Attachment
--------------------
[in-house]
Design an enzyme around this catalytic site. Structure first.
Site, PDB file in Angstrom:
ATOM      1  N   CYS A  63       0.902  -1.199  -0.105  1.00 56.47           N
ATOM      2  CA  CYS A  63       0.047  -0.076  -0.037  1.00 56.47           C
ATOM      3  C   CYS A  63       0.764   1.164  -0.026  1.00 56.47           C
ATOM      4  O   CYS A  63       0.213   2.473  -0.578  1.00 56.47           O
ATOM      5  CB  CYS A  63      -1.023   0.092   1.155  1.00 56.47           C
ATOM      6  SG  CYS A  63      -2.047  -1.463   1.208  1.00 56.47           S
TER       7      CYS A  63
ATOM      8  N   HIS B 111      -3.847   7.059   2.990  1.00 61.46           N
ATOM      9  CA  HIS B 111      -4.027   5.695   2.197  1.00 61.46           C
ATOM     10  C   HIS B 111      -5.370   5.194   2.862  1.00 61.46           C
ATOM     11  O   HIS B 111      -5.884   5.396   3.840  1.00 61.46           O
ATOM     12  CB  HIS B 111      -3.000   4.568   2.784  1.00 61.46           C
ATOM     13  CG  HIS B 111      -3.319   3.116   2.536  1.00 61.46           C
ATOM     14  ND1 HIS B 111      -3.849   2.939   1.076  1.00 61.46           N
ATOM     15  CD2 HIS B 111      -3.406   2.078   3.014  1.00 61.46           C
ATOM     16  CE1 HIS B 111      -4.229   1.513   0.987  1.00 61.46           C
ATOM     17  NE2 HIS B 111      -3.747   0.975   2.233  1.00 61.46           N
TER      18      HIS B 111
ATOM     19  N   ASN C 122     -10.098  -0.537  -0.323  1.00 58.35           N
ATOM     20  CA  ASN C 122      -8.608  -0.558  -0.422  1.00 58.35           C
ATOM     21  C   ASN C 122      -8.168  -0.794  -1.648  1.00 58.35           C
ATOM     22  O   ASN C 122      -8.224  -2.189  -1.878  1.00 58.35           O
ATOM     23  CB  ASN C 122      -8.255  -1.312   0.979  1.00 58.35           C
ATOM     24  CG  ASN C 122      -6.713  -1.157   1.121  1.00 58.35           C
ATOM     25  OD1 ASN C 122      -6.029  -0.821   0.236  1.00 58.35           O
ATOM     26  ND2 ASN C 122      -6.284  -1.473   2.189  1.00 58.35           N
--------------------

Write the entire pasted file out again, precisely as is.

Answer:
[in-house]
Design an enzyme around this catalytic site. Structure first.
Site, PDB file in Angstrom:
ATOM      1  N   CYS A  63       0.902  -1.199  -0.105  1.00 56.47           N
ATOM      2  CA  CYS A  63       0.047  -0.076  -0.037  1.00 56.47           C
ATOM      3  C   CYS A  63       0.764   1.164  -0.026  1.00 56.47           C
ATOM      4  O   CYS A  63       0.213   2.473  -0.578  1.00 56.47           O
ATOM      5  CB  CYS A  63      -1.023   0.092   1.155  1.00 56.47           C
ATOM      6  SG  CYS A  63      -2.047  -1.463   1.208  1.00 56.47           S
TER       7      CYS A  63
ATOM      8  N   HIS B 111      -3.847   7.059   2.990  1.00 61.46           N
ATOM      9  CA  HIS B 111      -4.027   5.695   2.197  1.00 61.46           C
ATOM     10  C   HIS B 111      -5.370   5.194   2.862  1.00 61.46           C
ATOM     11  O   HIS B 111      -5.884   5.396   3.840  1.00 61.46           O
ATOM     12  CB  HIS B 111      -3.000   4.568   2.784  1.00 61.46           C
ATOM     13  CG  HIS B 111      -3.319   3.116   2.536  1.00 61.46           C
ATOM     14  ND1 HIS B 111      -3.849   2.939   1.076  1.00 61.46           N
ATOM     15  CD2 HIS B 111      -3.406   2.078   3.014  1.00 61.46           C
ATOM     16  CE1 HIS B 111      -4.229   1.513   0.987  1.00 61.46           C
ATOM     17  NE2 HIS B 111      -3.747   0.975   2.233  1.00 61.46           N
TER      18      HIS B 111
ATOM     19  N   ASN C 122     -10.098  -0.537  -0.323  1.00 58.35           N
ATOM     20  CA  ASN C 122      -8.608  -0.558  -0.422  1.00 58.35           C
ATOM     21  C   ASN C 122      -8.168  -0.794  -1.648  1.00 58.35           C
ATOM     22  O   ASN C 122      -8.224  -2.189  -1.878  1.00 58.35           O
ATOM     23  CB  ASN C 122      -8.255  -1.312   0.979  1.00 58.35           C
ATOM     24  CG  ASN C 122      -6.713  -1.157   1.121  1.00 58.35           C
ATOM     25  OD1 ASN C 122      -6.029  -0.821   0.236  1.00 58.35           O
ATOM     26  ND2 ASN C 122      -6.284  -1.473   2.189  1.00 58.35           N